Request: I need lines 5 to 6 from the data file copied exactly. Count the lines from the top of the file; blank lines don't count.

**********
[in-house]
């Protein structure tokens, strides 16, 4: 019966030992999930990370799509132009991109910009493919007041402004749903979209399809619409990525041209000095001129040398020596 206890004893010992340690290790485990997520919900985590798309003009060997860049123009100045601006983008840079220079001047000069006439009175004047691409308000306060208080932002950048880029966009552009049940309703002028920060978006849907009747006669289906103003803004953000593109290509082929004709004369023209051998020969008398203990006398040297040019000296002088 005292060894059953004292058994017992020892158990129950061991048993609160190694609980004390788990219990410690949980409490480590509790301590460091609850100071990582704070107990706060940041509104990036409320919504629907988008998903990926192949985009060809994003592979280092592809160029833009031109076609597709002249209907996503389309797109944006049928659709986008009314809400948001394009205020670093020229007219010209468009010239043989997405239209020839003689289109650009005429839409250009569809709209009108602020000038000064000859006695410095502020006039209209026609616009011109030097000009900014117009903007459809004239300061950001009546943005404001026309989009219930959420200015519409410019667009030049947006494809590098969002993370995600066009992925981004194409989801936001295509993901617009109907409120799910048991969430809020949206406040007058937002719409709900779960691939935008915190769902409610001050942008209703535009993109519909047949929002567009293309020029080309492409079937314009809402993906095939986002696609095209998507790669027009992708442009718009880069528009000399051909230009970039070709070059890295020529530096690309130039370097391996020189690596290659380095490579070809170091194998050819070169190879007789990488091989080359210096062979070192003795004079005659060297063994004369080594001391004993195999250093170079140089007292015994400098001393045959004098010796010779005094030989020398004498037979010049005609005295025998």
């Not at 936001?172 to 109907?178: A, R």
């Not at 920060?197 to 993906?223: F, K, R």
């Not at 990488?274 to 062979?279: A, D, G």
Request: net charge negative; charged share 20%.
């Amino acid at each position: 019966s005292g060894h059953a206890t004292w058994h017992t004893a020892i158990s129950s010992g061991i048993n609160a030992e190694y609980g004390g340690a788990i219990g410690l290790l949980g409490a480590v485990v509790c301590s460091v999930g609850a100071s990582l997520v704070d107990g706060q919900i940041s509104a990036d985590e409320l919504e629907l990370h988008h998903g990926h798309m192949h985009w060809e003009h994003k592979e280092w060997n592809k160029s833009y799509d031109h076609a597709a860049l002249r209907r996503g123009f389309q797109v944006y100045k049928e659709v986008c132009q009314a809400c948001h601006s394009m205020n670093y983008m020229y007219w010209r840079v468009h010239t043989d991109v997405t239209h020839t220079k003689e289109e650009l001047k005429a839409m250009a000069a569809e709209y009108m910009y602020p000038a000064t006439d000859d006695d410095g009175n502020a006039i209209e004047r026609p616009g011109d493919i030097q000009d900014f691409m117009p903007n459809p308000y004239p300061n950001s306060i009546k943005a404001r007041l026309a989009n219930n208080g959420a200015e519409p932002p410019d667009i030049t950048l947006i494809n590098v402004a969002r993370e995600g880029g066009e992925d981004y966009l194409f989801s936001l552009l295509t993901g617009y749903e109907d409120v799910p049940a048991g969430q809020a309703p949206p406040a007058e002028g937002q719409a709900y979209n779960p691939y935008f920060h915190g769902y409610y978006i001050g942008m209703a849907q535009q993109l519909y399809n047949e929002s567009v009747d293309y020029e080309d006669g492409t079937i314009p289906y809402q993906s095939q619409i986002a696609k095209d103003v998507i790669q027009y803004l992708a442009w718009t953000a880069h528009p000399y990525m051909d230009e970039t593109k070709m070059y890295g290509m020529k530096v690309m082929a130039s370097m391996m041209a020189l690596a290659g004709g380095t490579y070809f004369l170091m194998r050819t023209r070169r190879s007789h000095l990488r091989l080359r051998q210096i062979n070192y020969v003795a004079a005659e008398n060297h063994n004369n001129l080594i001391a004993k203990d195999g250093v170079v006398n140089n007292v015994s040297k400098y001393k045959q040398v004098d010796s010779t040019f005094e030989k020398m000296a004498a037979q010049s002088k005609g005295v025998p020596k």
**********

């Not at 990488?274 to 062979?279: A, D, G």
Request: net charge negative; charged share 20%.